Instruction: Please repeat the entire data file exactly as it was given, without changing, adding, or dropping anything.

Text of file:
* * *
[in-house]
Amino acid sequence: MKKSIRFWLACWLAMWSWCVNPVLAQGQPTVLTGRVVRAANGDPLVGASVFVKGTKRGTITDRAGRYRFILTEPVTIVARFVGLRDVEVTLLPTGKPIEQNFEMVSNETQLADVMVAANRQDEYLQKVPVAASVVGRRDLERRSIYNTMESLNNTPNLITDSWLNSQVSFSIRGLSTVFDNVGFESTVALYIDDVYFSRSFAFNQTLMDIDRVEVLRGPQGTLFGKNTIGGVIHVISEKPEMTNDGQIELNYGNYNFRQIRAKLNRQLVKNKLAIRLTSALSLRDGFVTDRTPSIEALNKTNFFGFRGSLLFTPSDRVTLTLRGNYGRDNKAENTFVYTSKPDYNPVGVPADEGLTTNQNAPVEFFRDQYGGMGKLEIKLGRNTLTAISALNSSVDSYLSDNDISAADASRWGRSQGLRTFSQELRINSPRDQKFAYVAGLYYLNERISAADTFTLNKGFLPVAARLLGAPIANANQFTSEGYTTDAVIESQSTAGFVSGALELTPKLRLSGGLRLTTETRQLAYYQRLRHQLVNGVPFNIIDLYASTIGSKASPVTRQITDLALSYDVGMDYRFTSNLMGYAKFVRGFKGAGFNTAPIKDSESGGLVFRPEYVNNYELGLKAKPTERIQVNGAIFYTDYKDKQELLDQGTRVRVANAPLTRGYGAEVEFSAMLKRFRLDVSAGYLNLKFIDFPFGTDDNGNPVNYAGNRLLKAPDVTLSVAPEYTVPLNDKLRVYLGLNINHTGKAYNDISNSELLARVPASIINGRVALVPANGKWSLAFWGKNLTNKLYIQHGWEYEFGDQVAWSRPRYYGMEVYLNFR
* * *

[in-house]
Amino acid sequence: MKKSIRFWLACWLAMWSWCVNPVLAQGQPTVLTGRVVRAANGDPLVGASVFVKGTKRGTITDRAGRYRFILTEPVTIVARFVGLRDVEVTLLPTGKPIEQNFEMVSNETQLADVMVAANRQDEYLQKVPVAASVVGRRDLERRSIYNTMESLNNTPNLITDSWLNSQVSFSIRGLSTVFDNVGFESTVALYIDDVYFSRSFAFNQTLMDIDRVEVLRGPQGTLFGKNTIGGVIHVISEKPEMTNDGQIELNYGNYNFRQIRAKLNRQLVKNKLAIRLTSALSLRDGFVTDRTPSIEALNKTNFFGFRGSLLFTPSDRVTLTLRGNYGRDNKAENTFVYTSKPDYNPVGVPADEGLTTNQNAPVEFFRDQYGGMGKLEIKLGRNTLTAISALNSSVDSYLSDNDISAADASRWGRSQGLRTFSQELRINSPRDQKFAYVAGLYYLNERISAADTFTLNKGFLPVAARLLGAPIANANQFTSEGYTTDAVIESQSTAGFVSGALELTPKLRLSGGLRLTTETRQLAYYQRLRHQLVNGVPFNIIDLYASTIGSKASPVTRQITDLALSYDVGMDYRFTSNLMGYAKFVRGFKGAGFNTAPIKDSESGGLVFRPEYVNNYELGLKAKPTERIQVNGAIFYTDYKDKQELLDQGTRVRVANAPLTRGYGAEVEFSAMLKRFRLDVSAGYLNLKFIDFPFGTDDNGNPVNYAGNRLLKAPDVTLSVAPEYTVPLNDKLRVYLGLNINHTGKAYNDISNSELLARVPASIINGRVALVPANGKWSLAFWGKNLTNKLYIQHGWEYEFGDQVAWSRPRYYGMEVYLNFR